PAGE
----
1. Earth’s Atmosphere: A Brief Intro(and Ocean Circulation Patterns) Dr. Mark A. McGinley Honors College and Department of Biological Sciences Texas Tech University
2. Atmosphere• An atmosphere is a layer of gases that may surround a material body of sufficient mass and that is held in place by the gravity of the body.• An atmosphere may be retained for a longer duration, if the gravity is high and the atmospheres temperature is low.• Some planets consist mainly of various gases, but only their outer layer is their atmosphere• Wikipedia
3. Earth’s Atmosphere
4. Earth’s Atmosphere• The atmosphere of Earth is a layer of gases surrounding the planet Earth that is retained by Earths gravity.• The atmosphere becomes thinner and thinner with increasing altitude, with no definite boundary between the atmosphere and outer space.
5. The Earth’s Atmosphere– The atmosphere has a mass of about 5×1018 kg • three quarters of which is within about 11 km (6.8 mi; 36,000 ft) of the surface.– An altitude of 120 km (75 mi) is where atmospheric effects become noticeable during atmospheric reentry of spacecraft.– The Kármán line, at 100 km (62 mi), also is often regarded as the boundary between atmosphere and outer space.
6. The Earth’s Atmosphere
7. The Layers of Earth’s Atmosphere• We will talk about the layers of earth’s atmosphere in more detail later on.• The layer closest to the earth is known as the troposphere – We live in the troposphere – Factors that affect climate and weather occur in the troposphere
8. Composition of dry atmosphere, by volumeppmv: parts per million by volume (note: volume fraction is equal to mole fraction for ideal gas only, see volume(thermodynamics))Gas VolumeNitrogen (N2) 780,840 ppmv (78.084%)Oxygen (O2) 209,460 ppmv (20.946%)Argon (Ar) 9,340 ppmv (0.9340%)Carbon dioxide (CO2) 394.45 ppmv (0.039445%)Neon (Ne) 18.18 ppmv (0.001818%)Helium (He) 5.24 ppmv (0.000524%)Methane (CH4) 1.79 ppmv (0.000179%)Krypton (Kr) 1.14 ppmv (0.000114%)Hydrogen (H2) 0.55 ppmv (0.000055%)Nitrous oxide (N2O) 0.325 ppmv (0.0000325%)Carbon monoxide (CO) 0.1 ppmv (0.00001%)Xenon (Xe) 0.09 ppmv (9×10−6%) (0.000009%)Ozone (O3) 0.0 to 0.07 ppmv (0 to 7×10−6%)Nitrogen dioxide (NO2) 0.02 ppmv (2×10−6%) (0.000002%)Iodine (I2) 0.01 ppmv (1×10−6%) (0.000001%)Ammonia (NH3) traceNot included in above dry atmosphere:Water vapor (H2O) ~0.40% over full atmosphere, typically 1%-4% at surface
9. Gases of the Atmosphere• Nitrogen gas is the most common gas in the atmosphere – N2 – Two atoms of Nitrogen held together by a triple bond • Second strongest bond in nature (I think)• Thus, nitrogen gas is fairly non-reactive – We are surrounded by Nitrogen, but we can not use atmospheric nitrogen to help make proteins, nucleic acids, etc.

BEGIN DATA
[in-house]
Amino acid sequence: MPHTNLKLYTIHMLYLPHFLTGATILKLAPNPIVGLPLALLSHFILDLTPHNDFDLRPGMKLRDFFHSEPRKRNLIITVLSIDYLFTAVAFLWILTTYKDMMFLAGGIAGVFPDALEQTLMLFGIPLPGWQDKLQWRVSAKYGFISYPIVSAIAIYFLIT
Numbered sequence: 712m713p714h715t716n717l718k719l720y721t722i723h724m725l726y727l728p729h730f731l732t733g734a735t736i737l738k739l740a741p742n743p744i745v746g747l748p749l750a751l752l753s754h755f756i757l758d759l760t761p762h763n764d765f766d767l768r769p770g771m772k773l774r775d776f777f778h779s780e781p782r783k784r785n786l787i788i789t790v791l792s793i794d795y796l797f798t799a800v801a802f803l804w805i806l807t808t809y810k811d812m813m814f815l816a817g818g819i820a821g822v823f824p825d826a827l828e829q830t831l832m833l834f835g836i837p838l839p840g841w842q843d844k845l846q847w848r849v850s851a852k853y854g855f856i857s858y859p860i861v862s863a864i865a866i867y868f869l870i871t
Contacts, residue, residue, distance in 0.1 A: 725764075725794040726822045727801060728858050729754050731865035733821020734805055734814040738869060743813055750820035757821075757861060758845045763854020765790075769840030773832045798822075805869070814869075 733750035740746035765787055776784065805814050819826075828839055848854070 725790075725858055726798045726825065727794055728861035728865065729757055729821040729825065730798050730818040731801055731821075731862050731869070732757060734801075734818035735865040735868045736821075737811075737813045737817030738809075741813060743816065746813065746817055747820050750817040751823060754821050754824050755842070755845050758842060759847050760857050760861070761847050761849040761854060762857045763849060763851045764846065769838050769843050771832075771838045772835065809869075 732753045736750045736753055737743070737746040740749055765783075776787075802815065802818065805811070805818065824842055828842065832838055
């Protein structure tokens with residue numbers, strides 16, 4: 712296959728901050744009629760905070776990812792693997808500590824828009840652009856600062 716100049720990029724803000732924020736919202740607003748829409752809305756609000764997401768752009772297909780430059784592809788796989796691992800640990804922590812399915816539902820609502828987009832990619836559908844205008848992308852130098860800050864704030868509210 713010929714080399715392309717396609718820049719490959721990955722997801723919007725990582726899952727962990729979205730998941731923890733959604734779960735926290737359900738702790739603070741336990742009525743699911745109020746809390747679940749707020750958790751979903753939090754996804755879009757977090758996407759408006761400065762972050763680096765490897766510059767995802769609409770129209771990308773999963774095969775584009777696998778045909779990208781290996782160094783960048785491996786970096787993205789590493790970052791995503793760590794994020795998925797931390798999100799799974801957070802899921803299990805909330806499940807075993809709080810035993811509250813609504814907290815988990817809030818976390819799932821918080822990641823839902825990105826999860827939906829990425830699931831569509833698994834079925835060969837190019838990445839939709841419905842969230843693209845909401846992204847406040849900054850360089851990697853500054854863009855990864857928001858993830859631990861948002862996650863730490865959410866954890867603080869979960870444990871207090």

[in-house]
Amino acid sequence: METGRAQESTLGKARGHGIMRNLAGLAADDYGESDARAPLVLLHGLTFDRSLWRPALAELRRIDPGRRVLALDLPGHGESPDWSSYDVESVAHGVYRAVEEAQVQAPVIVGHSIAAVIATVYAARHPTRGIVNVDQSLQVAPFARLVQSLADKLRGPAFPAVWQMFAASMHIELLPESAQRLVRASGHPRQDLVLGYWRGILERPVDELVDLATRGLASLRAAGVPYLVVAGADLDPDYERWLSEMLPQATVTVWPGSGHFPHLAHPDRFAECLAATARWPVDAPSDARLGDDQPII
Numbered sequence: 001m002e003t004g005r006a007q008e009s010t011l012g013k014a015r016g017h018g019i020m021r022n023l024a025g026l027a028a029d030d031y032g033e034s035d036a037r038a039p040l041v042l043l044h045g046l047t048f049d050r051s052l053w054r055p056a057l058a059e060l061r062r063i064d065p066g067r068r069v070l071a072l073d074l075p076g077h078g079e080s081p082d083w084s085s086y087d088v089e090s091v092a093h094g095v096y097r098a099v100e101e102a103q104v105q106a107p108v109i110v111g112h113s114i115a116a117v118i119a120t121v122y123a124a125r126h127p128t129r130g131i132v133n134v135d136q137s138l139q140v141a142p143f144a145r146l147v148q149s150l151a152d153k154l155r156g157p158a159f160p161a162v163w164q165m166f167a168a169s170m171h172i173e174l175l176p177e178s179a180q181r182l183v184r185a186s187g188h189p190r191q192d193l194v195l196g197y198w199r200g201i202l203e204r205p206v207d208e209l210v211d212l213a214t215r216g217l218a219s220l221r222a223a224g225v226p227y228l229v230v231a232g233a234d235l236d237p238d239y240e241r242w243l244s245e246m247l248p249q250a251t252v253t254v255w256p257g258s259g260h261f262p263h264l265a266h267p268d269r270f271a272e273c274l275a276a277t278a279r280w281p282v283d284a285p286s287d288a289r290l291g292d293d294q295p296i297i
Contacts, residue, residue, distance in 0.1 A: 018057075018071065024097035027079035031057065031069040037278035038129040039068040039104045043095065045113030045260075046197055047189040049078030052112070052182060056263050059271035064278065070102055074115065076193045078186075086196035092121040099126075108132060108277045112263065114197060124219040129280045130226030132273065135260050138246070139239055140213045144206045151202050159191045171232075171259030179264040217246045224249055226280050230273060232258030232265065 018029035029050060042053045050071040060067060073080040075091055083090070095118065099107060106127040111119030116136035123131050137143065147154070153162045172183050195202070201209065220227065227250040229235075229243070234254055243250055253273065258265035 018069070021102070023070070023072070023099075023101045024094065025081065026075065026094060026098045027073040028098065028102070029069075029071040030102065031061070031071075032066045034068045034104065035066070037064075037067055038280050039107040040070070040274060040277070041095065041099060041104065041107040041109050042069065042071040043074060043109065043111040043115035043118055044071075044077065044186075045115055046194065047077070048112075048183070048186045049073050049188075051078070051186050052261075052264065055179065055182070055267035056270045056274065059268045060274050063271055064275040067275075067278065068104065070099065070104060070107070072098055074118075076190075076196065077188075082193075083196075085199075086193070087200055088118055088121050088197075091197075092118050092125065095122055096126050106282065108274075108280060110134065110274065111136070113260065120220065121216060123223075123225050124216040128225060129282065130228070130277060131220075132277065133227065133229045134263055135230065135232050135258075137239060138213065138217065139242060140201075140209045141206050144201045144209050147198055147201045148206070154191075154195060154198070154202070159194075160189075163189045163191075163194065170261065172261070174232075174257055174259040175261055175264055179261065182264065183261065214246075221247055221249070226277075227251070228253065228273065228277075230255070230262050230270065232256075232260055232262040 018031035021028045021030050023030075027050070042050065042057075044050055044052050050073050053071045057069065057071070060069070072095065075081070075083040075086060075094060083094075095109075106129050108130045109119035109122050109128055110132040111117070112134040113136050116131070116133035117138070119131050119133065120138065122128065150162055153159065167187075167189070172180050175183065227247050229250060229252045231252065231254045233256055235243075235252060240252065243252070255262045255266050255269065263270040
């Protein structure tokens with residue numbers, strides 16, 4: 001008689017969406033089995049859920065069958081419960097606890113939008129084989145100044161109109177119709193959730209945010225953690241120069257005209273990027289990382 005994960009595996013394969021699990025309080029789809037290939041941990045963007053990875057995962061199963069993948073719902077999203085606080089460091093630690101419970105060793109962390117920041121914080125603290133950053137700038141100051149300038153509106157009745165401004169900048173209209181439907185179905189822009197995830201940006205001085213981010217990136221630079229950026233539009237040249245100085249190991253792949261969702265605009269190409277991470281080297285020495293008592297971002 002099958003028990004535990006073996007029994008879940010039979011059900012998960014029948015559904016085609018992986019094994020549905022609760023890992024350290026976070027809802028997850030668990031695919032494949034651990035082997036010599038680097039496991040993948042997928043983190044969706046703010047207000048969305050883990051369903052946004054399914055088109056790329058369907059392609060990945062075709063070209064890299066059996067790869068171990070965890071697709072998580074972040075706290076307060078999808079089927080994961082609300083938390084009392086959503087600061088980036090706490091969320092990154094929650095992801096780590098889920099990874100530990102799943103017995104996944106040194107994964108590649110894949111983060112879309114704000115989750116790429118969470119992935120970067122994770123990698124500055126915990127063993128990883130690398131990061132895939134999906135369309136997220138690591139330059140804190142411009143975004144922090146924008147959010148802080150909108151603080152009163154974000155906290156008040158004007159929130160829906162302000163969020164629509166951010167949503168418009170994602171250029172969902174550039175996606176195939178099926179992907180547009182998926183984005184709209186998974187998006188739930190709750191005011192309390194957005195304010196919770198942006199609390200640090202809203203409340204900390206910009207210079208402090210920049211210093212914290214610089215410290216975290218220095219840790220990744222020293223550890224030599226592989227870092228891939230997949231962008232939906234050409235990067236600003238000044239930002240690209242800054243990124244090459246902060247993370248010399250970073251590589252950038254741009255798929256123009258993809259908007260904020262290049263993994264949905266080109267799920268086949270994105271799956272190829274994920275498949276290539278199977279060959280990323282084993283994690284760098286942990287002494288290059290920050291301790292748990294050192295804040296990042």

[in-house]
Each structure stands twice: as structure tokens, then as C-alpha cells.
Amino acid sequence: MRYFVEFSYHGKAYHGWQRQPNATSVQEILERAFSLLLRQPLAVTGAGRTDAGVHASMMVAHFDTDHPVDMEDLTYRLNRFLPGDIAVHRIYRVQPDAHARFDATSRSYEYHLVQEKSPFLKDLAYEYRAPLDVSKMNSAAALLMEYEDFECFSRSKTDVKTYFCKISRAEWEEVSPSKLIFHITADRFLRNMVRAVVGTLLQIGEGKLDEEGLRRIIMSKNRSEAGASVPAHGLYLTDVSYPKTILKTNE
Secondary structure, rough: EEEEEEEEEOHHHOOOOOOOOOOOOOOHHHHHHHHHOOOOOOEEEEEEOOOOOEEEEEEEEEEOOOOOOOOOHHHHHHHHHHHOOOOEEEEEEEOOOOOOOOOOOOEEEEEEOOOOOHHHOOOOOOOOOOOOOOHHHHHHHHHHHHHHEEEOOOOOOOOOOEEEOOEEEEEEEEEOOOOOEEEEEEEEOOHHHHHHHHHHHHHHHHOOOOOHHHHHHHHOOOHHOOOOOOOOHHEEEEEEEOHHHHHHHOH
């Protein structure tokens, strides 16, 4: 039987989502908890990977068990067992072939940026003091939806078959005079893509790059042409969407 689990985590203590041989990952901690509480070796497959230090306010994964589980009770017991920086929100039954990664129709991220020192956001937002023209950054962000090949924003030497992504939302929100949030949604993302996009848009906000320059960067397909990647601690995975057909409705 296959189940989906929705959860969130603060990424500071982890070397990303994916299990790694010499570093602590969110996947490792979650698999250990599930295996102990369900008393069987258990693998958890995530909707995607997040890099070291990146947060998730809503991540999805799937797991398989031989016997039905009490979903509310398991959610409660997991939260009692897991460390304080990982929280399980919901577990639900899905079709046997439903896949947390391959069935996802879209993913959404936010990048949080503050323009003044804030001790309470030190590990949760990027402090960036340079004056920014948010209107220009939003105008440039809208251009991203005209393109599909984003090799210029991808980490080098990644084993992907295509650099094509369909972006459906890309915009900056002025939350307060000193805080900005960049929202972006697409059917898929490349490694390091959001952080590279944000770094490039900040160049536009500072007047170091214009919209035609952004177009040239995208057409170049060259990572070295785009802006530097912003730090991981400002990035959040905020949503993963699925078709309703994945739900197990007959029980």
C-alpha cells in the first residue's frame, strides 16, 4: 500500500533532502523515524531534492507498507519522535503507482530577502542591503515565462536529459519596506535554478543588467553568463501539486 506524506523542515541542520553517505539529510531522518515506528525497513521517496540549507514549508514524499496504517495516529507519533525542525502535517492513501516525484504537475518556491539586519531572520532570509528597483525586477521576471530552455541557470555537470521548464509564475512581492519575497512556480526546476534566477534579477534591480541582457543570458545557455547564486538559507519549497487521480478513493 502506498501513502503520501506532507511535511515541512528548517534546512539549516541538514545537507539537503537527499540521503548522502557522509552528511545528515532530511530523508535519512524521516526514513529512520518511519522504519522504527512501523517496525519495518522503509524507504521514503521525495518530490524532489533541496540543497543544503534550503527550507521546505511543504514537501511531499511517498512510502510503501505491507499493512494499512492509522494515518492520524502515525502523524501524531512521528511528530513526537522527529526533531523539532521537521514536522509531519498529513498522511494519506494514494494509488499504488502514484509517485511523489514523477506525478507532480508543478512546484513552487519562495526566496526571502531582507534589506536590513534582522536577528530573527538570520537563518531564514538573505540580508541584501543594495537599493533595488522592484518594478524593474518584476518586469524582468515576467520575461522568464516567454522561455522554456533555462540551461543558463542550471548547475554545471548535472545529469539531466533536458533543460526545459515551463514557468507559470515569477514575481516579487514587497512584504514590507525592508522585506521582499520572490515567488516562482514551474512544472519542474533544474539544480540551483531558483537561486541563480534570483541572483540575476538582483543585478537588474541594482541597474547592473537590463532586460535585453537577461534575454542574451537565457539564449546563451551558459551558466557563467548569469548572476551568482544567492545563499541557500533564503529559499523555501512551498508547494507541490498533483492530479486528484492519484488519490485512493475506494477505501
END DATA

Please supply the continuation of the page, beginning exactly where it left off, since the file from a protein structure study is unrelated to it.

10. Gases of the Atmosphere• Oxygen gas is the second most common gas in the atmosphere. O2• Oxygen is required for aerobic respiration – Break down sugar to release energy that can be used by our bodies • This process is much more efficient in the the presence of oxygen• O2 can be converted to O3 (ozone) in the atmosphere – We will talk about the importance of ozone later on
11. Gases of the Atmosphere• Carbon dioxide (CO2)• Terrestrial plants convert carbon dioxide into sugar during the process of photosynthesis – Energy stored in sugar is required to power most life on earth• Carbon dioxide is a “greenhouse gas”
12. Wind• Wind can be defined simply as air in motion. This motion can be in any direction, but in most cases the horizontal component of wind flow greatly exceeds the flow that occurs vertically.• Wind develops as a result of spatial differences in atmospheric pressure. Generally, these differences occur because of uneven absorption of solar radiation at the Earths surface.
14. Unequal Distribution of Solar Energy Across the Earth • Solar radiation more concentrated at the equator than at the poles – Because of the curvature of the earth • Thus, warmer near the equator than at the poles
15. Effect of Increasing Temperature on Gasses• When gasses are heated the molecules start to “move” more which results in a lower density of gas molecules – Fewer molecules per volume• As the density decreases, the mass of the gas decreases
16. Hot Air Rises• As air warms its density decreases which causes the warmer air to become lighter than the cooler air surrounding it• Thus, the more dense, cooler air replaces the warmer, lighter air near the surface of the ground• HOT AIR RISES
17. Hadley Cells
18. Hadley Cells• Warm air at the equator rises and is replaced by cooler air moving from higher latitudes – From North to South in Northern Hemisphere – From South to North in the Southern Hemisphere• As air rises it cools. – In the Northern Hemisphere high altitude winds blow from South to North – In the Southern Hemisphere high altitude winds blow from North to South
19. Hadley Cells• As the air cools at high altitudes it becomes heavier• Falls to the earth at approximately 30o latitude N and S
20. Importance of Hadley Cells• Influence global wind patterns• Also have profound effects of global patterns of precipitation – We will talk much more about this later on